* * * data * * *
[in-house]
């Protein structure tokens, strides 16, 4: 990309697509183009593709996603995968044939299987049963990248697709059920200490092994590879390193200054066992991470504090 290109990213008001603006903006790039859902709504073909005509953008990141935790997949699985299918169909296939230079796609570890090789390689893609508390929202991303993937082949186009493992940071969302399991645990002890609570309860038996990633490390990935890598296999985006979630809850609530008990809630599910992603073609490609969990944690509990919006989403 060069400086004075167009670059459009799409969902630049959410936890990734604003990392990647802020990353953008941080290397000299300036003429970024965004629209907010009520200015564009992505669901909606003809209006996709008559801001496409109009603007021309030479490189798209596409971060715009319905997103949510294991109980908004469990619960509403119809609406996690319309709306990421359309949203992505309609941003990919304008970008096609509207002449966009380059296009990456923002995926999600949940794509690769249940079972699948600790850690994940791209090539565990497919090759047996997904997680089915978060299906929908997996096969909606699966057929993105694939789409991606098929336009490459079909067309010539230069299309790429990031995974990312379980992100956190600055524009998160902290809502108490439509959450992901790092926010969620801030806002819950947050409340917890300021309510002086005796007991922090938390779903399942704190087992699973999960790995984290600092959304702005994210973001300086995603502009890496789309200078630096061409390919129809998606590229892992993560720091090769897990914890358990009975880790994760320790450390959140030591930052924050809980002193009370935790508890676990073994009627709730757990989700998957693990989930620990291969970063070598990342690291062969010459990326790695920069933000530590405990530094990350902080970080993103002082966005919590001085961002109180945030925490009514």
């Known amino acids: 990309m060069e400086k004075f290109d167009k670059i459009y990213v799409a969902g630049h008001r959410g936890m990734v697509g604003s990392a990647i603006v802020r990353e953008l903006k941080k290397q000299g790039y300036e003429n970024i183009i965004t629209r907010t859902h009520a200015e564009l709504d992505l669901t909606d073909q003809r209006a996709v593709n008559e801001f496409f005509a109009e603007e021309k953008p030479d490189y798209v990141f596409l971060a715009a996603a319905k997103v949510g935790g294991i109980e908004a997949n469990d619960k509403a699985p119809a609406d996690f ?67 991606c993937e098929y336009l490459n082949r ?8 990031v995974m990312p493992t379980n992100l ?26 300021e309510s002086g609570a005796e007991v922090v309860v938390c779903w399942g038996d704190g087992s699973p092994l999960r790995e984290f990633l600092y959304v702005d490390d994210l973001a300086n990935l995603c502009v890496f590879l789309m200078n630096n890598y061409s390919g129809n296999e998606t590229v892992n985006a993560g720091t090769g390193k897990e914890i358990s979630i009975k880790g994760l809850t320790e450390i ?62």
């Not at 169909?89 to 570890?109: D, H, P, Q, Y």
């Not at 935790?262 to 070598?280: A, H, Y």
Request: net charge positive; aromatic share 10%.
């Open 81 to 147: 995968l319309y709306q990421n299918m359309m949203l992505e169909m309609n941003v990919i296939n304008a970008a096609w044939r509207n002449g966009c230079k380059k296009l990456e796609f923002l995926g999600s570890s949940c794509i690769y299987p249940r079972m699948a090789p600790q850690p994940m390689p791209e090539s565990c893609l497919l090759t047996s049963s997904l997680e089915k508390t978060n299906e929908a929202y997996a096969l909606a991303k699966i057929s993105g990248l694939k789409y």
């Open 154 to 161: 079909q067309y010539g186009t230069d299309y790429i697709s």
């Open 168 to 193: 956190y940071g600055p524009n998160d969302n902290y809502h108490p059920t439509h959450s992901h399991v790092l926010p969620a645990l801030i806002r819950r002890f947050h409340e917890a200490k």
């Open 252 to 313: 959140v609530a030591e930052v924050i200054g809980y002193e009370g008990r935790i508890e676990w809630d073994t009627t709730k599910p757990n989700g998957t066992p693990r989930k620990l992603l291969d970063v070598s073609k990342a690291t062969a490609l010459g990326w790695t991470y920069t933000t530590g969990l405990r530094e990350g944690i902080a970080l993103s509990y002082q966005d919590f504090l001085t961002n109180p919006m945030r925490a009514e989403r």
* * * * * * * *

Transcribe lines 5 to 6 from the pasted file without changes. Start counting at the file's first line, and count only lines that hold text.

């Not at 935790?262 to 070598?280: A, H, Y």
Request: net charge positive; aromatic share 10%.